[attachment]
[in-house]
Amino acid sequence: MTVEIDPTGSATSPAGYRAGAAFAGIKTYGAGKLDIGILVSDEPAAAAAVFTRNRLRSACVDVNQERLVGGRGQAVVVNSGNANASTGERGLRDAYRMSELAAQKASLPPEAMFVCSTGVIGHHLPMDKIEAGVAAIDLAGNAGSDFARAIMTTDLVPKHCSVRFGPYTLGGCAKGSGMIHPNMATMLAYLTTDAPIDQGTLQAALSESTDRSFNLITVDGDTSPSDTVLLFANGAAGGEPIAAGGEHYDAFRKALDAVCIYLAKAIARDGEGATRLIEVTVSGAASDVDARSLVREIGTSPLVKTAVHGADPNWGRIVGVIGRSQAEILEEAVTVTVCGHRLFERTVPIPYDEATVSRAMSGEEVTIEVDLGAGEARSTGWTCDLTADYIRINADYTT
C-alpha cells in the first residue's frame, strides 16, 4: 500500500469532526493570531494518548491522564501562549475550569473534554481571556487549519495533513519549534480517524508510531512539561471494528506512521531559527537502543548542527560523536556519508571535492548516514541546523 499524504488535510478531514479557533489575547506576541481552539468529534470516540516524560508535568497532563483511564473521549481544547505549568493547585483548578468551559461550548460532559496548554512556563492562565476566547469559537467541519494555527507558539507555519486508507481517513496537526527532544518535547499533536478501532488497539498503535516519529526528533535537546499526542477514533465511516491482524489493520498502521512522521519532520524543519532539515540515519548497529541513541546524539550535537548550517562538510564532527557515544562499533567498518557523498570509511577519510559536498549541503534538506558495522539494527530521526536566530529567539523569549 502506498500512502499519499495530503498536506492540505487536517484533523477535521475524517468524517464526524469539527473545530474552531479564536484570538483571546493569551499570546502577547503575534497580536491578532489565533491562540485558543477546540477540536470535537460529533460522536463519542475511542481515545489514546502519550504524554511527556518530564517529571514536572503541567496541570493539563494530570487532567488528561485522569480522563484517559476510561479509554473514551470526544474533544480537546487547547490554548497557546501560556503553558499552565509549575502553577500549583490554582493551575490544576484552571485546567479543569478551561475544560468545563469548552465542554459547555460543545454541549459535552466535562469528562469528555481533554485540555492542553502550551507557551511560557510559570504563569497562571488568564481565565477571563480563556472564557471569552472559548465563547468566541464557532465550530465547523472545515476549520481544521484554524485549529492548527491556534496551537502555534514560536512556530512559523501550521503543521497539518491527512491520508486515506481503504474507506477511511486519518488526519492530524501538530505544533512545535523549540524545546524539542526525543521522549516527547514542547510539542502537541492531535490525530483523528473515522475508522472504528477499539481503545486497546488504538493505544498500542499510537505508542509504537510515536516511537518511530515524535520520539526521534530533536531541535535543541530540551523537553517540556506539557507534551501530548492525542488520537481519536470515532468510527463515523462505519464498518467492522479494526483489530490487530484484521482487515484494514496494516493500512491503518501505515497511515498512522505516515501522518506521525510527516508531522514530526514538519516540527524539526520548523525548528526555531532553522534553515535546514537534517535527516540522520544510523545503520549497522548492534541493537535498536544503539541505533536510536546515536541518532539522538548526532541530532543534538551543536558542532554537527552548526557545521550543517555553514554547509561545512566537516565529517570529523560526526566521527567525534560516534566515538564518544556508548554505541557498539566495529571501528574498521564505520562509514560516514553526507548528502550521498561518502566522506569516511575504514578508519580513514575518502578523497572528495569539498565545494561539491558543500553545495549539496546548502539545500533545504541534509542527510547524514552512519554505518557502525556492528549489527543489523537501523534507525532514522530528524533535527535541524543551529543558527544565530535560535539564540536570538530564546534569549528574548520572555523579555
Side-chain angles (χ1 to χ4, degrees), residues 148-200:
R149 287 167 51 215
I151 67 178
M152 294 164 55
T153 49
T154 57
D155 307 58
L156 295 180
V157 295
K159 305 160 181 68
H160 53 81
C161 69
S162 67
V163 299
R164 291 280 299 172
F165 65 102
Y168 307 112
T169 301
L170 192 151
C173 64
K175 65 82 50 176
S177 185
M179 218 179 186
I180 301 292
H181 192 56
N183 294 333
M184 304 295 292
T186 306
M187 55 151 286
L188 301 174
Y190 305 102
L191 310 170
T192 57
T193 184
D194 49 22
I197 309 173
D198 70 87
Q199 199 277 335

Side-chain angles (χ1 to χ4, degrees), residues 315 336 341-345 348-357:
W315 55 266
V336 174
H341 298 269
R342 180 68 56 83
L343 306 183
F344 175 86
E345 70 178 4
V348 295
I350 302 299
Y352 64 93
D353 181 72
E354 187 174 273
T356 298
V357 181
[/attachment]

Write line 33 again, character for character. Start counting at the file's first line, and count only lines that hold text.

L188 301 174